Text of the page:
Idaho rivers activist Wendy Wilson has spent the last year work on a national study of the use of water in electric energy production.
What the woman who founded Idaho Rivers United and once led the Idaho Conservation League discovered is that the energy grid we have today is very water intensive. She estimated that in 2009 more than 40,000 gallons of water was used, polluted or consumer per megawatt hour of generation nationally.
She’s not looking simply at water in the traditional hydropower sense so important to river advocates here. Instead Wilson looked into how much water is used, polluted and lost per megawatt hour in all plants including thermo plants cooled with water.
“Basically I found that the water use associated with electricity is not being consistently accounted for, monitored, or planned for,” Wilson said. “ Inconsistent water-use reports are collected by the federal government for thermoelectric, but not hydropower, and there is little to no actual monitoring of water use for electrical production.”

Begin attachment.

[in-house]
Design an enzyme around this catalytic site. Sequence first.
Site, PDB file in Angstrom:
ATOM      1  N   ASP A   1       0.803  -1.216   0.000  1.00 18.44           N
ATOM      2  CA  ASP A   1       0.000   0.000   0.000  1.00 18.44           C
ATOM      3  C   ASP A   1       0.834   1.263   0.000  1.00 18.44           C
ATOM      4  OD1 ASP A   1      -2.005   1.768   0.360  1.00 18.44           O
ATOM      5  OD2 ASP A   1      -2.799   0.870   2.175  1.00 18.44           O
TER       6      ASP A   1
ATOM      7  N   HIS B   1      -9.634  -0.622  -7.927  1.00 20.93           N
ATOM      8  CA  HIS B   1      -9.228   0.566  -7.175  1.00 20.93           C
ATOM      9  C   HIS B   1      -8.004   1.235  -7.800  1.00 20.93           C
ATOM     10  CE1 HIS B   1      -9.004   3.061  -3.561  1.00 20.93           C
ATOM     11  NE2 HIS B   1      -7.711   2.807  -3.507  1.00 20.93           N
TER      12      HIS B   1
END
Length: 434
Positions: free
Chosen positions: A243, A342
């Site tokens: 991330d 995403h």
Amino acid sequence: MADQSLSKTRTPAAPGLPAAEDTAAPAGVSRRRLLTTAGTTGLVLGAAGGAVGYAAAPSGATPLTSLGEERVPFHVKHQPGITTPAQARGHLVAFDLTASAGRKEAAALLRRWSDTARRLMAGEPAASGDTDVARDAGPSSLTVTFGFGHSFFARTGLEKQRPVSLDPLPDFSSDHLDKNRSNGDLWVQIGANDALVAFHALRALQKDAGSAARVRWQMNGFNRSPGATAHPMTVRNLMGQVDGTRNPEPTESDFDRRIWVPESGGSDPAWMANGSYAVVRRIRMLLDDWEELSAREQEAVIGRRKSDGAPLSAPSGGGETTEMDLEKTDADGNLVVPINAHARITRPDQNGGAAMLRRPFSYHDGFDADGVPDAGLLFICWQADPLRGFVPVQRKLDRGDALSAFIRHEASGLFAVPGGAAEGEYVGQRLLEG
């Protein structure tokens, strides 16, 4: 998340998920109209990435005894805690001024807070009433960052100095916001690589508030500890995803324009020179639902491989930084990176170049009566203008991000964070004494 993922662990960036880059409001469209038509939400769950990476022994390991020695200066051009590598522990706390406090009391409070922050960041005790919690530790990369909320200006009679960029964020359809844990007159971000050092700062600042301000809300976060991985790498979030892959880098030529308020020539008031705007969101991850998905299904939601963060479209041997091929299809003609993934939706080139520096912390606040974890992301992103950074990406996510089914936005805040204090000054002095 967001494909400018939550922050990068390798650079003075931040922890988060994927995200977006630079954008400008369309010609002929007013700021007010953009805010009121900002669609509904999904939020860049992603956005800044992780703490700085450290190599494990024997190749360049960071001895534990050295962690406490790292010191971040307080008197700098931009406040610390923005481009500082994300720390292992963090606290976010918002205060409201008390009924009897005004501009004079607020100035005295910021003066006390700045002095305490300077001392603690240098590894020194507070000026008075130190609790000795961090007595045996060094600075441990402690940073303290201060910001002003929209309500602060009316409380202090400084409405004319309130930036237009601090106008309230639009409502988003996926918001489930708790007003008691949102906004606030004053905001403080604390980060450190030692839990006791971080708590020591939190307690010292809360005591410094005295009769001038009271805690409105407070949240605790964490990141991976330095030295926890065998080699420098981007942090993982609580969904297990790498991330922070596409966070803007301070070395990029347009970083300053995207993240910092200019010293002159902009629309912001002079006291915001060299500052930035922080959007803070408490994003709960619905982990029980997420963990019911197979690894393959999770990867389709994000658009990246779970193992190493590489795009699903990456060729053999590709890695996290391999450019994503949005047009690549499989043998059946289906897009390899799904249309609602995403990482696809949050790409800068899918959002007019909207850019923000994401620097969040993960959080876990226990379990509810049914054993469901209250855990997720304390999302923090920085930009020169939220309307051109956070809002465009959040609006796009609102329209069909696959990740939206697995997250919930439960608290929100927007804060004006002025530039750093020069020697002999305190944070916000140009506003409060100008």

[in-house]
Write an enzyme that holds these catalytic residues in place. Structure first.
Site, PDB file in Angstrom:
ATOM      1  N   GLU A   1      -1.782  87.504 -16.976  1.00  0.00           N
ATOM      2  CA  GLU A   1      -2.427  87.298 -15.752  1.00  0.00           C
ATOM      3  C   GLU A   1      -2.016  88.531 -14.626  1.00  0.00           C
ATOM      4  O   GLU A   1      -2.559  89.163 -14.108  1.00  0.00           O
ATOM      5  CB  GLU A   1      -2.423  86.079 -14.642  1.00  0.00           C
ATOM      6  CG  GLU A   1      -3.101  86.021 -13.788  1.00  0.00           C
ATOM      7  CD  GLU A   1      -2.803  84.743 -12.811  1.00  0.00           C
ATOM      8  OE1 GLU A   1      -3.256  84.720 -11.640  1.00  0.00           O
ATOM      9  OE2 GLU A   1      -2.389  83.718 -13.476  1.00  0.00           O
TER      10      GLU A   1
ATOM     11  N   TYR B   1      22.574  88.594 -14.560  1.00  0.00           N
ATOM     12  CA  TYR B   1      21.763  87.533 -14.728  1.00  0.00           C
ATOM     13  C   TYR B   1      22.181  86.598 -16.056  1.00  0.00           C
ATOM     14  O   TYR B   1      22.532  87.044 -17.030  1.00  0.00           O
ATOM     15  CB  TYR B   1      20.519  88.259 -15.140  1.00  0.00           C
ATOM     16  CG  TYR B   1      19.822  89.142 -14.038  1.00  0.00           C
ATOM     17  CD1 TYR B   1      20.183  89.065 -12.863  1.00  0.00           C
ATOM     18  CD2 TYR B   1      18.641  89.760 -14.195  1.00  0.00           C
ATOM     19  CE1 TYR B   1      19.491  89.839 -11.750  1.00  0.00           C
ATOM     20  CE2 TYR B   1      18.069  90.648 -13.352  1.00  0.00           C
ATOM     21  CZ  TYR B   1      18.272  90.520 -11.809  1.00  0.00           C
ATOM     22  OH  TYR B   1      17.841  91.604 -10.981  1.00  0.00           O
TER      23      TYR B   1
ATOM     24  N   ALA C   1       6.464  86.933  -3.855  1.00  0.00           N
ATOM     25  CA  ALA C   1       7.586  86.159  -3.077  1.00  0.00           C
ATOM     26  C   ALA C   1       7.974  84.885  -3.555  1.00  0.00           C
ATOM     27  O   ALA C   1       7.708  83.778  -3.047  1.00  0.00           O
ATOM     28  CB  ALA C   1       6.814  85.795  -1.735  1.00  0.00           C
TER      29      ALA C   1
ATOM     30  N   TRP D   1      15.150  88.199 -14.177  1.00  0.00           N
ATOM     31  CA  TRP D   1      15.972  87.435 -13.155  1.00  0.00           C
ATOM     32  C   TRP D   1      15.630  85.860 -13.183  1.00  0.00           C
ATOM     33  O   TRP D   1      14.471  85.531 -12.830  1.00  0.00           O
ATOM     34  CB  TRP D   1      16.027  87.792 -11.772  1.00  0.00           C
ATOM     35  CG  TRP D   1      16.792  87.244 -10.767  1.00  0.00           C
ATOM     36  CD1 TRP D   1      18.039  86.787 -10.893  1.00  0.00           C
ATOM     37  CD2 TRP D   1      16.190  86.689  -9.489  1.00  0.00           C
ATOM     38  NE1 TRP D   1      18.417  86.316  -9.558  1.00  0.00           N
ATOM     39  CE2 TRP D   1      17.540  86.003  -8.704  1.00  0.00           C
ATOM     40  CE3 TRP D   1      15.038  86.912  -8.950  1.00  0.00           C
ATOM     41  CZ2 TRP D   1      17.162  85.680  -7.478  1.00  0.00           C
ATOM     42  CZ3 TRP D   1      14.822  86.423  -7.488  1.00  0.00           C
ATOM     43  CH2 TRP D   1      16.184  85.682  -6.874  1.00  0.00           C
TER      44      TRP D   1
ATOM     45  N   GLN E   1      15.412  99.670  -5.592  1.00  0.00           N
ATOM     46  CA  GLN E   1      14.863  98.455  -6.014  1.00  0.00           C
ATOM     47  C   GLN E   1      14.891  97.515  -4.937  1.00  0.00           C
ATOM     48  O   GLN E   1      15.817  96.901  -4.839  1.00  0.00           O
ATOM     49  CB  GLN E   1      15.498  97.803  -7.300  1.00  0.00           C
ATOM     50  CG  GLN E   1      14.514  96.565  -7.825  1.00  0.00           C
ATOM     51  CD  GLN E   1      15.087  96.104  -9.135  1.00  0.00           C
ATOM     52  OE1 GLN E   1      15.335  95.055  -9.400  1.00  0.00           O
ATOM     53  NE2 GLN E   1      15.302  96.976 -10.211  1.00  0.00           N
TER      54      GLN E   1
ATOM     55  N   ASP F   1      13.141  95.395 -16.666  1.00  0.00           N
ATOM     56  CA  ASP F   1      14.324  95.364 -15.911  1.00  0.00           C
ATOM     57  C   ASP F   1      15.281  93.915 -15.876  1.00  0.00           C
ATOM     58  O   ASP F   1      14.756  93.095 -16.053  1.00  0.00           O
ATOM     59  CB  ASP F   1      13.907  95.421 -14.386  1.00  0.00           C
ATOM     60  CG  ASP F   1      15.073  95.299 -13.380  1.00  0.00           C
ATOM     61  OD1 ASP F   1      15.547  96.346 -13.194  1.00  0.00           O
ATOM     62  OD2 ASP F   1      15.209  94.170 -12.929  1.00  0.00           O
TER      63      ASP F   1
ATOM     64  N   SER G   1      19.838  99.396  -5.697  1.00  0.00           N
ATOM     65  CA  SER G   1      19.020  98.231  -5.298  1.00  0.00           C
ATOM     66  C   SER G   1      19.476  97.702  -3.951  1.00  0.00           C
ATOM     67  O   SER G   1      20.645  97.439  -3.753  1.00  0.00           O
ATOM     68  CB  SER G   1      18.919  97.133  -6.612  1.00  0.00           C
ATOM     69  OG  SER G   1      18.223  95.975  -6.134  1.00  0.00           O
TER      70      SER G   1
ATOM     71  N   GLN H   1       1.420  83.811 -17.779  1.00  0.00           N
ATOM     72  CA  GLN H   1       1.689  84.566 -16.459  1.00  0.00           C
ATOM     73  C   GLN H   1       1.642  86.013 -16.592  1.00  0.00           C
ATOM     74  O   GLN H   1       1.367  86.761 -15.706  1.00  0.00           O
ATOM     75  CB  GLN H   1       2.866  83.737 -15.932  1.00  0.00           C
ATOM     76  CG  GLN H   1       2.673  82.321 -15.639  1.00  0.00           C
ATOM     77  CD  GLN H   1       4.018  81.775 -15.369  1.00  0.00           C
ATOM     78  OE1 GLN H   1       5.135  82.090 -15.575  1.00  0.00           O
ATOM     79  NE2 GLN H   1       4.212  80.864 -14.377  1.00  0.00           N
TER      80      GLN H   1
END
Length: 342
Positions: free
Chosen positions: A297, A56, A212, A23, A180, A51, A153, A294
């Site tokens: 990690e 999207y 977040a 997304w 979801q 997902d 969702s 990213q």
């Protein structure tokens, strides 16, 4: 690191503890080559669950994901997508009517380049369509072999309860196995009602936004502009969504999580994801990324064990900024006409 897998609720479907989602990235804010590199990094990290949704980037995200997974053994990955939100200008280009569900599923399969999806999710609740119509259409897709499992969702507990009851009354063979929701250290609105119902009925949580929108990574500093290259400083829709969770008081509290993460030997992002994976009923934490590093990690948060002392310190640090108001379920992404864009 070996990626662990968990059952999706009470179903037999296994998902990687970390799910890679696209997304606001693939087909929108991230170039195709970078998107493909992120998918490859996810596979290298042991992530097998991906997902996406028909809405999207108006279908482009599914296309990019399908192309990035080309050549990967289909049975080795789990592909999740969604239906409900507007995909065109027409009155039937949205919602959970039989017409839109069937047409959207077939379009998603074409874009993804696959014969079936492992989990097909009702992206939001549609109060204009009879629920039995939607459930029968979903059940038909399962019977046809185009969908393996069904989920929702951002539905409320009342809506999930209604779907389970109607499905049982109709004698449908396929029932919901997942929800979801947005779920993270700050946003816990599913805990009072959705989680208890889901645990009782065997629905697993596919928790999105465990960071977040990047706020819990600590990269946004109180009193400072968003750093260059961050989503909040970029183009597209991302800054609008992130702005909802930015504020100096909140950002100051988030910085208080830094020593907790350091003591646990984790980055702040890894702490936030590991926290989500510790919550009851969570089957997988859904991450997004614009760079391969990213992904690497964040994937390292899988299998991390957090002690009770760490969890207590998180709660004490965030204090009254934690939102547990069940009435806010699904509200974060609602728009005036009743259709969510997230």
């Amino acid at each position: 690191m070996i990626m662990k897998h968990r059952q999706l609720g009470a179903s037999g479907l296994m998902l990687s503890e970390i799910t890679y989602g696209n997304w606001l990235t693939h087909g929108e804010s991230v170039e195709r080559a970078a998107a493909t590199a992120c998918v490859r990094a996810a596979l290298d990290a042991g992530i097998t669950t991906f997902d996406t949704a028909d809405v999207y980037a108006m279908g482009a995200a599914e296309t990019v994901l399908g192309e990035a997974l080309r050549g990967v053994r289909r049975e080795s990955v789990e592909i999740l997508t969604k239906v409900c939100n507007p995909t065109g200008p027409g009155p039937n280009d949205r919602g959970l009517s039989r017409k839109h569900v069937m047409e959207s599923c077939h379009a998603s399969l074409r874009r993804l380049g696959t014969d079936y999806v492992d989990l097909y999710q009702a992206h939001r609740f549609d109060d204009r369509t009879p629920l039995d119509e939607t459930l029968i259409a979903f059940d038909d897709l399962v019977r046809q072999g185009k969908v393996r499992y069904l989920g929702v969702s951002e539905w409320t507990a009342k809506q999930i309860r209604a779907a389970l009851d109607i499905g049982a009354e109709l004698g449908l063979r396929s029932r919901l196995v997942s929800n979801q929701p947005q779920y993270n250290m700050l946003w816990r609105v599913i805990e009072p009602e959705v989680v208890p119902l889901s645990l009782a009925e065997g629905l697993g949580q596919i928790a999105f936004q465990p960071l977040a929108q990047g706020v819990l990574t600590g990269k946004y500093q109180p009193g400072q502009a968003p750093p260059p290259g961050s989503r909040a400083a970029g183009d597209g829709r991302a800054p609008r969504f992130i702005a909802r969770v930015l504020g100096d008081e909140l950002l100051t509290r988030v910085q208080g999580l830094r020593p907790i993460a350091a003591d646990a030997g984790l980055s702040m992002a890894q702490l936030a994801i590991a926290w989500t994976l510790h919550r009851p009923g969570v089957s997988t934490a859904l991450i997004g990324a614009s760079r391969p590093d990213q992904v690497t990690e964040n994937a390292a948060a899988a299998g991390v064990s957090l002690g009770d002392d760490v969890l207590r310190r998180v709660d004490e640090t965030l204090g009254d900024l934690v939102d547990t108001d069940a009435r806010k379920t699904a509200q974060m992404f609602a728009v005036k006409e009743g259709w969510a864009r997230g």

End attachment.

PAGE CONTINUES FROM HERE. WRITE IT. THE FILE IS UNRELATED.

The impacts of constrained water supply show up every day on the rivers and waterways of America as algae blooms, coal ash spills, depleted river flows and endangered salmon, Wilson said. That doesn’t even consider the potential for running out of water during extended droughts.
“What we found is that the water agencies and the energy producers operate in two different spheres,” Wilson said, “with essentially no discussion of the Energy-Return-for-Water-Invested equation.”
What her group wants is a better way of evaluating the societal costs of using freshwater resources for energy.
“Eliminating ‘once-through’ cooling and increasing low-water renewables to 40% of the grid would allow us to generate the same amount of energy with 80% less water,” Wilson said.
You can read that findings at the Burning Our Rivers report